* Personally, I would favour banning all public sector trade unions, considering them to be part of the problem and not any part of a solution in a 21st century, 1st world constitutional republic. However, as a defender of the Constitution, I do understand and appreciate the right to associate (and dis-associate) freely. Whilst I am a former public servant (I was an Administrative Officer for 7 years), I did not join the relevant trade union during my employment.

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Flattening the curve

or, in other words (that TPTB would prefer you didn’t say), killing the same number of people over a longer period of time and then some, due to increased domestic abuse, suicides, drug abuse and increased poverty from the economic collapse caused by the civil service decision to shut down the private sector economy whilst keeping their own salaries and pensions intact.

If this offends you, you need to go away and learn how to think.

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Lightly used railways

As part of the mass hysteria around COVID19, a number of lightly used railways in Ireland (e.g. the Ballybrophy to Limerick Line) have been closed “temporarily” (one wonders how temporary these closures will be – CIE has never been one to waste a crisis to close railway lines).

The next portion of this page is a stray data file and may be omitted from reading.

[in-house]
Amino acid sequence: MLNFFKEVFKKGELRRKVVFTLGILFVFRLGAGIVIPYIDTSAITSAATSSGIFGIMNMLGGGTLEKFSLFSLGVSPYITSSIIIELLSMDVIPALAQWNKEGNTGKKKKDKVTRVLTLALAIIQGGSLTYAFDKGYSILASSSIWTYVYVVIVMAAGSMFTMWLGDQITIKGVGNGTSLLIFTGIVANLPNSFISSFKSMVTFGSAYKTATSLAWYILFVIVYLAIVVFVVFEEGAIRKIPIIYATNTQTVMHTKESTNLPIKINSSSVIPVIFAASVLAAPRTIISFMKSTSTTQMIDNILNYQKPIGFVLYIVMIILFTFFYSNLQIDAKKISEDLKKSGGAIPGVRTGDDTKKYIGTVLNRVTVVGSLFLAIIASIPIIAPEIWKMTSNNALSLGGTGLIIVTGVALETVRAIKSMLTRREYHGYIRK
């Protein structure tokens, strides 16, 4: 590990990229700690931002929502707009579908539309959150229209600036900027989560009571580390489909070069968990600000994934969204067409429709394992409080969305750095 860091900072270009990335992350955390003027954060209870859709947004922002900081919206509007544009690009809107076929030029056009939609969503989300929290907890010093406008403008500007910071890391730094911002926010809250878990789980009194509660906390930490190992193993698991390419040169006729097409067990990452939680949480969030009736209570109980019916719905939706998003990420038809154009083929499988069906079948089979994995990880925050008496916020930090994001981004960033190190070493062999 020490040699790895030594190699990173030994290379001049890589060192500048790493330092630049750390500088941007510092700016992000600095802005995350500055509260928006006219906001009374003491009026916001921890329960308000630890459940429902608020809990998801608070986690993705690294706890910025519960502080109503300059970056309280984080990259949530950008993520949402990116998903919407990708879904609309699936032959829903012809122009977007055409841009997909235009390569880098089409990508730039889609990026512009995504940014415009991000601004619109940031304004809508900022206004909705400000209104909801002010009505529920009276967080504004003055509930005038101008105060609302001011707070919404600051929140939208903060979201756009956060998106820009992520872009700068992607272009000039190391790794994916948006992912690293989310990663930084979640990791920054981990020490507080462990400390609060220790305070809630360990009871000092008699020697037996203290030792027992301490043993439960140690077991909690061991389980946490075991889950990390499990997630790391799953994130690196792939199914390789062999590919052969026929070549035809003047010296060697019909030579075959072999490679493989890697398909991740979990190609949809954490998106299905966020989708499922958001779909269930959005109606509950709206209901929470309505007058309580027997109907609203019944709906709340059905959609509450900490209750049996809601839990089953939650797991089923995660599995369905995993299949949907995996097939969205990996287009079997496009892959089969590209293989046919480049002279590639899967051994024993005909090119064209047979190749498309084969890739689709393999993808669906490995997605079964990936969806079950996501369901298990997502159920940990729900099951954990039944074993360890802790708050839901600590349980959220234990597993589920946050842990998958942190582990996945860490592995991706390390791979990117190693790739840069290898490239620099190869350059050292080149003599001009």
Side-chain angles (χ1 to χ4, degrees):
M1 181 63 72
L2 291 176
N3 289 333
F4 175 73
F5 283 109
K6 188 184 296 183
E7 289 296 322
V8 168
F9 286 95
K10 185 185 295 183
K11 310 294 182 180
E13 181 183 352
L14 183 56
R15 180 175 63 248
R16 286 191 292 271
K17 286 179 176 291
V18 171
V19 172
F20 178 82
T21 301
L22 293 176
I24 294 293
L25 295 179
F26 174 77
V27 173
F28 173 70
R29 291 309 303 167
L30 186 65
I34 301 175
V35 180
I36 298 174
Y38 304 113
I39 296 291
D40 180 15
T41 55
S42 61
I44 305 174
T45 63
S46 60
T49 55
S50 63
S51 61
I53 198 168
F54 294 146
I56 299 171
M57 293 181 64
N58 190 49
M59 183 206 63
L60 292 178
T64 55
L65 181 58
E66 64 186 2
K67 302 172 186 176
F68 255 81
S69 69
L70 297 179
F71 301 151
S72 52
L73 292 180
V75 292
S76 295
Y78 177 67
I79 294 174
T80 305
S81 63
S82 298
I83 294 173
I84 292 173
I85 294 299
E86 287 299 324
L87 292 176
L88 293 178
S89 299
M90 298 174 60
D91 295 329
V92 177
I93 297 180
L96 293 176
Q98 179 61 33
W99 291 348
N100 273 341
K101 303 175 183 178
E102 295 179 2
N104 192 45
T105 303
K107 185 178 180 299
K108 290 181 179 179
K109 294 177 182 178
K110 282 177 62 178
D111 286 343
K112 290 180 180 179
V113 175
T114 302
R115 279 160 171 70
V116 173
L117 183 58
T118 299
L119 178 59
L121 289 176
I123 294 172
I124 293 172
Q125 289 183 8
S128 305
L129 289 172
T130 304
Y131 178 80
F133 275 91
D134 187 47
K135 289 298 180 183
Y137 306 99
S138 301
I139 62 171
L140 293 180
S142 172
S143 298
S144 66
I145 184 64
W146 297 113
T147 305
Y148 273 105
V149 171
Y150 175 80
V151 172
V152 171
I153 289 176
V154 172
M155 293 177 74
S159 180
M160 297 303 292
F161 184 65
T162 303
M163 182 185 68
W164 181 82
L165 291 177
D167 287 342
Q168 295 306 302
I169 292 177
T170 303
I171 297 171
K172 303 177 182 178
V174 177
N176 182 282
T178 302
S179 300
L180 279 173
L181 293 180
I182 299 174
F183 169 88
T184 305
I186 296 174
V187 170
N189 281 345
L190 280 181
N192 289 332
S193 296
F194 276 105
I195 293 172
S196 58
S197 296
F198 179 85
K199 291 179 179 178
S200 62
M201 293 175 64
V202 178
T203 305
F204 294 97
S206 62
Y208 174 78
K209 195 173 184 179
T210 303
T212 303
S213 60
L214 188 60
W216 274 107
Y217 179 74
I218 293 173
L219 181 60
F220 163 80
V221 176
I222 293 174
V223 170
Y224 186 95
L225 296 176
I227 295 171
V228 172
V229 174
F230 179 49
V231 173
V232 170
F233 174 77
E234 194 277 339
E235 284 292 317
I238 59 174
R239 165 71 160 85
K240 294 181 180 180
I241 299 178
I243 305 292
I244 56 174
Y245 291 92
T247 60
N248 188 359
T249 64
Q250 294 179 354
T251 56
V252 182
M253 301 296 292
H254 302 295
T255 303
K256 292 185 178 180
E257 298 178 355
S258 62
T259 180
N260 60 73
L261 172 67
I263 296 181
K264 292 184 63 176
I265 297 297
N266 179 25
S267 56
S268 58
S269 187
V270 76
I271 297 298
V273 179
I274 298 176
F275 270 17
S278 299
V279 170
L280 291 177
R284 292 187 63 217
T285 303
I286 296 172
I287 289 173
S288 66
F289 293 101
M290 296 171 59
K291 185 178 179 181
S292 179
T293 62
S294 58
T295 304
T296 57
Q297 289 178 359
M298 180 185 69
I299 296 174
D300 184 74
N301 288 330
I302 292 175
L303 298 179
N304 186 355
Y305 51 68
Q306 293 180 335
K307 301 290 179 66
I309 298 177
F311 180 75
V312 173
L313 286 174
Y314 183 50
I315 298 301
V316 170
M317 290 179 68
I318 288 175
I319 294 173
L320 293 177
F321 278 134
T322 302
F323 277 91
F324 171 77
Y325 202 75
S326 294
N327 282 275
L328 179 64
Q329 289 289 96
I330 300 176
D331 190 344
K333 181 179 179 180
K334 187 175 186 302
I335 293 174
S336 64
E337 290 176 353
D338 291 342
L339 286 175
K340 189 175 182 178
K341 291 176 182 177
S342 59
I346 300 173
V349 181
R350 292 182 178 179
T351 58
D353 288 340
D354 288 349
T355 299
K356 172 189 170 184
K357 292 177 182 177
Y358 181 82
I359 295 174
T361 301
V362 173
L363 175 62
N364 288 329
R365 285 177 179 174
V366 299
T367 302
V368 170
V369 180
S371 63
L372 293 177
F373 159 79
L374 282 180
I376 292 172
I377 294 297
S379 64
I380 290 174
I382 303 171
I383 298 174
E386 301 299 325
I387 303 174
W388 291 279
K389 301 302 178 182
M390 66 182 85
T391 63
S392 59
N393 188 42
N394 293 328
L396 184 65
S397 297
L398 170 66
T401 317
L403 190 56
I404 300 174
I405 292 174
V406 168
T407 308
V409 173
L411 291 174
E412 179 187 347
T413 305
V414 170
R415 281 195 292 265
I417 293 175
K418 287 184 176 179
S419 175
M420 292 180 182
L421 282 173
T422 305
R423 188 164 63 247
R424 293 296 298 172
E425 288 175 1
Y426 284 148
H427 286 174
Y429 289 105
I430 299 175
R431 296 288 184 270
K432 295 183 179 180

As an alternative method of transport on these lines going forward, I give you this idea from Romania.

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Copper recovery

This is not quite IH, but close enough to merit a mention.

As I am recovering old electrical wires whilst gradually doing up my (1950s) house, I wondered how is the copper recovered from these wires (and those inside WEEE separated electrical equipment).

I searched on Youtube (the home of just about anything!) and, among others, found this video, where an individual recovers the copper from old wire as a one man project, making ingots out of same.

I’m not sure of the economics of it, but judging by his collection (at the end of the video), it is an interesting way to pass the time and retain some metals at the end of it.

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We have a dissenter!

But he is not in Ireland, before the mob forms.

The Guardian reports that a former Supreme Court judge in the UK has criticised the actions of Derbyshire police in using drones to enforce social distancing and has also gone so far as to describe placing the nation under effective house arrest as hysteria, stating:

“Yes, this is serious, and, yes, it’s understandable that people cry out to the government, but the real question is, is this serious enough to warrant putting most of our population into house imprisonment, wrecking our economy for an indefinite period, destroying businesses that honest and hardworking people have taken years to build up, saddling future generations with debt?”